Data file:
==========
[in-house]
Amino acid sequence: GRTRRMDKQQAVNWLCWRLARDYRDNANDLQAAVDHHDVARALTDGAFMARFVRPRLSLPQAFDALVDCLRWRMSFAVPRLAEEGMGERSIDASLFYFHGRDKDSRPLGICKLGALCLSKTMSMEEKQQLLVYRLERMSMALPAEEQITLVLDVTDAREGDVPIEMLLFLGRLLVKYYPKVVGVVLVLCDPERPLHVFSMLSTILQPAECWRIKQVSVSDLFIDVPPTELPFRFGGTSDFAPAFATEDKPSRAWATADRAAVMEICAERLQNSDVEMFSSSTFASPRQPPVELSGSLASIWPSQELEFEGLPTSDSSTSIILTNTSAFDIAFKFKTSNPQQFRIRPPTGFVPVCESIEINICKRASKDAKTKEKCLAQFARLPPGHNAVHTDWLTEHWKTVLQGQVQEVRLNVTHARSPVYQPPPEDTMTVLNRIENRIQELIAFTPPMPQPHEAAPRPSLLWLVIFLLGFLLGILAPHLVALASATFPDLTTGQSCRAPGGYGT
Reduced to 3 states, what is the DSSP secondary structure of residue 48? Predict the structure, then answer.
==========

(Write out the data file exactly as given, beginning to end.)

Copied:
[in-house]
Amino acid sequence: GRTRRMDKQQAVNWLCWRLARDYRDNANDLQAAVDHHDVARALTDGAFMARFVRPRLSLPQAFDALVDCLRWRMSFAVPRLAEEGMGERSIDASLFYFHGRDKDSRPLGICKLGALCLSKTMSMEEKQQLLVYRLERMSMALPAEEQITLVLDVTDAREGDVPIEMLLFLGRLLVKYYPKVVGVVLVLCDPERPLHVFSMLSTILQPAECWRIKQVSVSDLFIDVPPTELPFRFGGTSDFAPAFATEDKPSRAWATADRAAVMEICAERLQNSDVEMFSSSTFASPRQPPVELSGSLASIWPSQELEFEGLPTSDSSTSIILTNTSAFDIAFKFKTSNPQQFRIRPPTGFVPVCESIEINICKRASKDAKTKEKCLAQFARLPPGHNAVHTDWLTEHWKTVLQGQVQEVRLNVTHARSPVYQPPPEDTMTVLNRIENRIQELIAFTPPMPQPHEAAPRPSLLWLVIFLLGFLLGILAPHLVALASATFPDLTTGQSCRAPGGYGT
Reduced to 3 states, what is the DSSP secondary structure of residue 48? Predict the structure, then answer.